Welcome…Now Don’t Mess Up — 5 Tips For Incoming College Freshmen [JACK’S WORDS OF WISDOM]
High school was either a breeze or absolute hell. Regardless of the way those four years went for you, college is a brand-new start. Many students go away for college, while others have the convenience of six colleges right in town (I see you, Buffalo), but even if you stay local, you'll find new opportunities.
If you find yourself in a rut or confused about how to approach your first year of college, never fear! Here are some tips from someone who's been there, done that.
1. Be Yourself. It sounds like a really cliche piece of advice, but it's wholeheartedly the most important piece of advice you'll need as a college student. You're entering a situation that is completely new to you, even if you live locally. You'll be exposed to (hopefully) different kinds of people, a new campus, a new city and a general shift in activity from high school. Your freshman year is a 9-10-month first impression, so be sure to show people who YOU are, not who you think people want you to be.
2. Ask Questions. Don't be the freshman who ends up walking into the wrong classroom. Don't be the freshman who uses ignorance as an excuse for everything. College is an amazing learning experience, and since Kindergarten, your teachers have told you that the only way to learn is by asking questions. If you don't know where something is, ask somebody, or at least Google it. Use forums on sites like Reddit or Facebook to curb the awkwardness of asking someone where you can go to poop in peace (it'll happen). The best part about asking questions is being able to spark up conversation with someone new and immediately being able to converse about something. Fellas, this is a great way to get a girl's number at the library printout station. Ladies, this is a great way to figure out if he's as dumb as he is cute! (Just kidding.)
3. Get Uncomfortable. You'll hear a million times about how new college is, which inevitably will bring about some situations you might not be comfortable with. Don't be the introverted freshman who doesn't want to experience anything new, especially if you went away to college. I'm not saying go out and do something dangerous, but sometimes, just getting out of your dorm room and sitting in the lounge with the floormates you haven't yet gotten to know is enough to spark some awesome friendships. Uncomfortable situations will eventually become learning experiences, and in the same way others will show you new things, be prepared to be the window to a new world for others.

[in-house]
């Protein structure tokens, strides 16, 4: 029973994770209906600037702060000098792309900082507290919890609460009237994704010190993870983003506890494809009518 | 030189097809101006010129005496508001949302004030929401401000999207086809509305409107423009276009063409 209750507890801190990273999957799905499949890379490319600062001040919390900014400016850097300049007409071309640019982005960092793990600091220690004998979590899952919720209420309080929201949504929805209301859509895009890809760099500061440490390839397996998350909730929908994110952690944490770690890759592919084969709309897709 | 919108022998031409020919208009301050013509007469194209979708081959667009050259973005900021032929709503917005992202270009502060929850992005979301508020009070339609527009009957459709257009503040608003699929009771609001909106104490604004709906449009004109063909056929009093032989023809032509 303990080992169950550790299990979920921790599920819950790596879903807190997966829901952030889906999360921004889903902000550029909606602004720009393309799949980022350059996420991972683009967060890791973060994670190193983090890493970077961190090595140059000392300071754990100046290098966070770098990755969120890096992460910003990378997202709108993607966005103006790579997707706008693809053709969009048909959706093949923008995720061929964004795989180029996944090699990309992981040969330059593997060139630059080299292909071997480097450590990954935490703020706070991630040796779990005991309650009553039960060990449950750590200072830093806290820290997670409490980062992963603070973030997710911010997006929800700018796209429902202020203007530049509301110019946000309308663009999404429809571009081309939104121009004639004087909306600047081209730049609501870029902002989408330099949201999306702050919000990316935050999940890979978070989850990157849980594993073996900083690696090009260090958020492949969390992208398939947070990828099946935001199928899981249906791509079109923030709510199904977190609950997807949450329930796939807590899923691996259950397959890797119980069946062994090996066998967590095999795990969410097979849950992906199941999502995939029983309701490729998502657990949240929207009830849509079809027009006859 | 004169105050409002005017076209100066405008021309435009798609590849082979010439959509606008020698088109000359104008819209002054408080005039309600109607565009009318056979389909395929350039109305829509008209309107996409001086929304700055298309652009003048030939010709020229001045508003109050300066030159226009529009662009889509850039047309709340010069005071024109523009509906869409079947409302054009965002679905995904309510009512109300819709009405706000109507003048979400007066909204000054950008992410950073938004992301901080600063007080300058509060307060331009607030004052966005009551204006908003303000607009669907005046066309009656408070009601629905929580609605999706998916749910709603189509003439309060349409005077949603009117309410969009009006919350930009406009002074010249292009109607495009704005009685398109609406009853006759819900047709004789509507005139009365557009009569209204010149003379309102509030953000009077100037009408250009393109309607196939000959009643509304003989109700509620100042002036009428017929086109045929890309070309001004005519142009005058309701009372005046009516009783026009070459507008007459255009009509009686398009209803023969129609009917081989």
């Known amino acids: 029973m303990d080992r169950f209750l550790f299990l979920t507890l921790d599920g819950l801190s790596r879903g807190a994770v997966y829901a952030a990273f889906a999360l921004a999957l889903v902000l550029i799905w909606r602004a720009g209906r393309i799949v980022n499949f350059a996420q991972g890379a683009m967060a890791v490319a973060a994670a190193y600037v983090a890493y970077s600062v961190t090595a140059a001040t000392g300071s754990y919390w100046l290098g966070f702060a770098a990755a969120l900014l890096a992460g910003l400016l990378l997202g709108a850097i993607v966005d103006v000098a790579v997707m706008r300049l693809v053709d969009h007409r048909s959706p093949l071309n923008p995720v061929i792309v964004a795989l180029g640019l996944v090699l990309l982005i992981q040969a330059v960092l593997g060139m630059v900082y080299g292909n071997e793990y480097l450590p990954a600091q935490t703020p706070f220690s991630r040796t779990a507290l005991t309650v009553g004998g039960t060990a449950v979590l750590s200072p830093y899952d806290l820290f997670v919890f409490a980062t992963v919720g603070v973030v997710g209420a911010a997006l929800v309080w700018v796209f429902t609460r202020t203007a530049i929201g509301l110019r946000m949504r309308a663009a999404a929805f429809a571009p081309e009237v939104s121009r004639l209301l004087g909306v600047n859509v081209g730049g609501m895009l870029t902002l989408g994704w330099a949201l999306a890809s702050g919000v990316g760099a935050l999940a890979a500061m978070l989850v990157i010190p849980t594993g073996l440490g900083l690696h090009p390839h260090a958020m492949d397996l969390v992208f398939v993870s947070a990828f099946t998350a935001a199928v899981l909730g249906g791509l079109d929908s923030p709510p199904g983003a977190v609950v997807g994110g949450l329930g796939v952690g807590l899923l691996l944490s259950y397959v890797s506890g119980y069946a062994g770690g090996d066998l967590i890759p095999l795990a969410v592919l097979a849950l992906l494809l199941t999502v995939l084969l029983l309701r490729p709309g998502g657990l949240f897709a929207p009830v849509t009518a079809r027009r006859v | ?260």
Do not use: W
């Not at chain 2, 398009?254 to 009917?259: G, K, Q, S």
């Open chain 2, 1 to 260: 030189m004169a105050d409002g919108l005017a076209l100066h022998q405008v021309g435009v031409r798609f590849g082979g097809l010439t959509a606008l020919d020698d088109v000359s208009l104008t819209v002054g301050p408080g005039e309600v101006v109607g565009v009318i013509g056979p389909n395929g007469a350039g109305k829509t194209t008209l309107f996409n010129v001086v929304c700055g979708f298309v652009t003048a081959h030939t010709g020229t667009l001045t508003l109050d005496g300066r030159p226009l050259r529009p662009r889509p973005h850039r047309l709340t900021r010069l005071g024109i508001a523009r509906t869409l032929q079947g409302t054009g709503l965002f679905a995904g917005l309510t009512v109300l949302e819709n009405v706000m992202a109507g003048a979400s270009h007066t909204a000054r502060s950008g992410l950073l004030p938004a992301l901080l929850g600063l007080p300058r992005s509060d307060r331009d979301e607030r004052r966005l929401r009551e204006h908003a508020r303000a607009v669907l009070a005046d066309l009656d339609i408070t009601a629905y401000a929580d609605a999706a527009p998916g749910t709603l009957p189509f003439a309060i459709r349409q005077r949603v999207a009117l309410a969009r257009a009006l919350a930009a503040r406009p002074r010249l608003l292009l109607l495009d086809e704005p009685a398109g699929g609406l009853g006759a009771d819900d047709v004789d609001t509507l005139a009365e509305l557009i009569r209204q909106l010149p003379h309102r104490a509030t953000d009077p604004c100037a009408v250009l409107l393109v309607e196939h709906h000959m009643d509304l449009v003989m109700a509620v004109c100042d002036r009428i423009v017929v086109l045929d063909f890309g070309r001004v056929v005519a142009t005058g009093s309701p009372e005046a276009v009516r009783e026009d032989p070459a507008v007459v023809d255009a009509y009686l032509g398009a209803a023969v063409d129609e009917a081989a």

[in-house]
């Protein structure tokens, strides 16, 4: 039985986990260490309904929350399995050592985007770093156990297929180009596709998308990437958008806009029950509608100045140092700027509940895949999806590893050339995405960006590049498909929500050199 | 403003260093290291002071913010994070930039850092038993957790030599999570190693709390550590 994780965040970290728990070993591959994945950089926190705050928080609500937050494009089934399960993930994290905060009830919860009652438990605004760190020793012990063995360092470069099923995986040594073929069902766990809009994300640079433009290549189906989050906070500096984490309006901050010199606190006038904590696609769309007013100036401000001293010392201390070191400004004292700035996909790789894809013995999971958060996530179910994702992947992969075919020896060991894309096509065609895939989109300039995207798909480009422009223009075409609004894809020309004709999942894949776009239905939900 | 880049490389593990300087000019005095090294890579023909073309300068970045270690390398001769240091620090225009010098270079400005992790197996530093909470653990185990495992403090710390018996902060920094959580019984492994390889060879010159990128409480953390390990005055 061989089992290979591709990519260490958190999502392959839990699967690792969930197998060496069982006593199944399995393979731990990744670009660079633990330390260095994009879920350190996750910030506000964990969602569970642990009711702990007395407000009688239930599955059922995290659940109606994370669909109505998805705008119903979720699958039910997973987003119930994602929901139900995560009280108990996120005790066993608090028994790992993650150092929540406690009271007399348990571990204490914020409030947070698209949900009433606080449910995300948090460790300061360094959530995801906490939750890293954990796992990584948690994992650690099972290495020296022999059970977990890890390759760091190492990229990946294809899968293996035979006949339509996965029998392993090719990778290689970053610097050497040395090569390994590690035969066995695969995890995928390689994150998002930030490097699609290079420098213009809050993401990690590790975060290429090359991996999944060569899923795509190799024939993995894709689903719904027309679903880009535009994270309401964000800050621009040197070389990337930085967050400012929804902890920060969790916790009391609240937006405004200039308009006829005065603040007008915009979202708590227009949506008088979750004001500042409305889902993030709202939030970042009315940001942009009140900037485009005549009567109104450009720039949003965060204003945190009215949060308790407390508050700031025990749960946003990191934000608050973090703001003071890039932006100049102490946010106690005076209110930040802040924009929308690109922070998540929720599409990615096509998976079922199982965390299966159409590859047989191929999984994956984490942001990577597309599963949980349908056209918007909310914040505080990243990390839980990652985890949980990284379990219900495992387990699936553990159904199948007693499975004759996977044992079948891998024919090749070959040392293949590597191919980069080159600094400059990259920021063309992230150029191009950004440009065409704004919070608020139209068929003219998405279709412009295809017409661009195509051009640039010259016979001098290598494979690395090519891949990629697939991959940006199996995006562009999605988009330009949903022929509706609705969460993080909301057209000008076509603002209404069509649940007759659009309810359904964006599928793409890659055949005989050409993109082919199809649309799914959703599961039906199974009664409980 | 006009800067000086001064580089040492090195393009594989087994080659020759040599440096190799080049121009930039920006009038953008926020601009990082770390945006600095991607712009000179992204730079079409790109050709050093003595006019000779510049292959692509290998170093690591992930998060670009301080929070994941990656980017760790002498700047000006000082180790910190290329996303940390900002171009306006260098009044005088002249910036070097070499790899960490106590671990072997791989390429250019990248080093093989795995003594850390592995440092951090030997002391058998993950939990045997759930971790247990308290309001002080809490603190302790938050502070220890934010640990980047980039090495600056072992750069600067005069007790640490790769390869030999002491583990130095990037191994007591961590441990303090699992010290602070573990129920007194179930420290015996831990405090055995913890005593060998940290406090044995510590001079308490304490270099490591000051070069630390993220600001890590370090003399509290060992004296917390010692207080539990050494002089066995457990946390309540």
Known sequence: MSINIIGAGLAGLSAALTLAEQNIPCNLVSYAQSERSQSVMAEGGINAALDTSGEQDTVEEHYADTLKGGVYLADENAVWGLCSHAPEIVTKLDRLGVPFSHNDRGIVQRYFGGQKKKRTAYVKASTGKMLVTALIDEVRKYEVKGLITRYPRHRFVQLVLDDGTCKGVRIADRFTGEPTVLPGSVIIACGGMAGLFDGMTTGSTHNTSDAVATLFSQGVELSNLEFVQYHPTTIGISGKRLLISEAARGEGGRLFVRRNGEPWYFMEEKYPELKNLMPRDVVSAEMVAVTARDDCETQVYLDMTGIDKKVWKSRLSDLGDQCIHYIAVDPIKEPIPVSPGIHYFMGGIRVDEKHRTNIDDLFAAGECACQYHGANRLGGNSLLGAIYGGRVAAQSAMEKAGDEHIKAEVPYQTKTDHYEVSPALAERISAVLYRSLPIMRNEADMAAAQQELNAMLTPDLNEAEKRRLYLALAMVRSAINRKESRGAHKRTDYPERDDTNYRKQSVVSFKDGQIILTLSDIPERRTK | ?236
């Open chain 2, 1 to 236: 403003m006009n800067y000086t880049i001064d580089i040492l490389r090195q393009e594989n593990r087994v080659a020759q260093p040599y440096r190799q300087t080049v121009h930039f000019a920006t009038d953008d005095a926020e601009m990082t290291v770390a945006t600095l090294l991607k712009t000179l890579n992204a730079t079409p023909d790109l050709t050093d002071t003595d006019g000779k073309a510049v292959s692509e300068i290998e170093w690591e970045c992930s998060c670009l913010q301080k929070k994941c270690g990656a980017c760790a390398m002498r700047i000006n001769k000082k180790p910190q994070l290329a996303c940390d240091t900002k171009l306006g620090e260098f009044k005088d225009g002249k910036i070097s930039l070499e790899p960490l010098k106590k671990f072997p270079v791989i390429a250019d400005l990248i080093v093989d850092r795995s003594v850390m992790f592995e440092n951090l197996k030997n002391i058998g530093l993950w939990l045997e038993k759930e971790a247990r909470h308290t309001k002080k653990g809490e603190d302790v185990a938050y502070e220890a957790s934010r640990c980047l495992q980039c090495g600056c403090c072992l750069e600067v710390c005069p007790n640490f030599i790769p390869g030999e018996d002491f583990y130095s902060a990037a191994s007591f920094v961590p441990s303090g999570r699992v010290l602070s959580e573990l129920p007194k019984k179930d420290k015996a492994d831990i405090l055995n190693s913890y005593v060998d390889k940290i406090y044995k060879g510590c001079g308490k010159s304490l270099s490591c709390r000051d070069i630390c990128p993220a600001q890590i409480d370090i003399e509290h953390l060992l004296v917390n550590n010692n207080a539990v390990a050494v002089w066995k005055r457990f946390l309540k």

4. Be Resilient. College is fun, but college is hard. For some, the increased workload is a problem, and for others, being homesick is what kills them. Remember that these four years are what you make of them, and while problems exist, none are problems that haven't been conquered. If the workload is too much, organize and work on your time management. If you're homesick, find distractions to keep those feelings at bay. They say that you'll find your best friends in college, and while that's true, you'll also go through the drama of weeding out those who won't be so loyal. Just like high school, these problems all seem impossible when confronting them, but you'll walk away from them stronger, smarter and with tougher skin. It's a win as long as you make it that way.
5. Be Active. The Freshman 15 is NOT a myth. The freedom of being able to eat what you want, when you want, how you want and however much you want is a blessing and a curse. Most colleges have free gym facilities for those of you worried about the Freshman 15. For those of you who don't enjoy indoor activities, take a walk or run around campus; it's a great way to get to know where your classes are while staying fit. If physical activity isn't for you, get involved on campus to keep yourself busy and away from those radioactive Taco Tuesdays. You'll meet new people and hone an interest in something you love, and it also looks great on your resume if you're involved enough.
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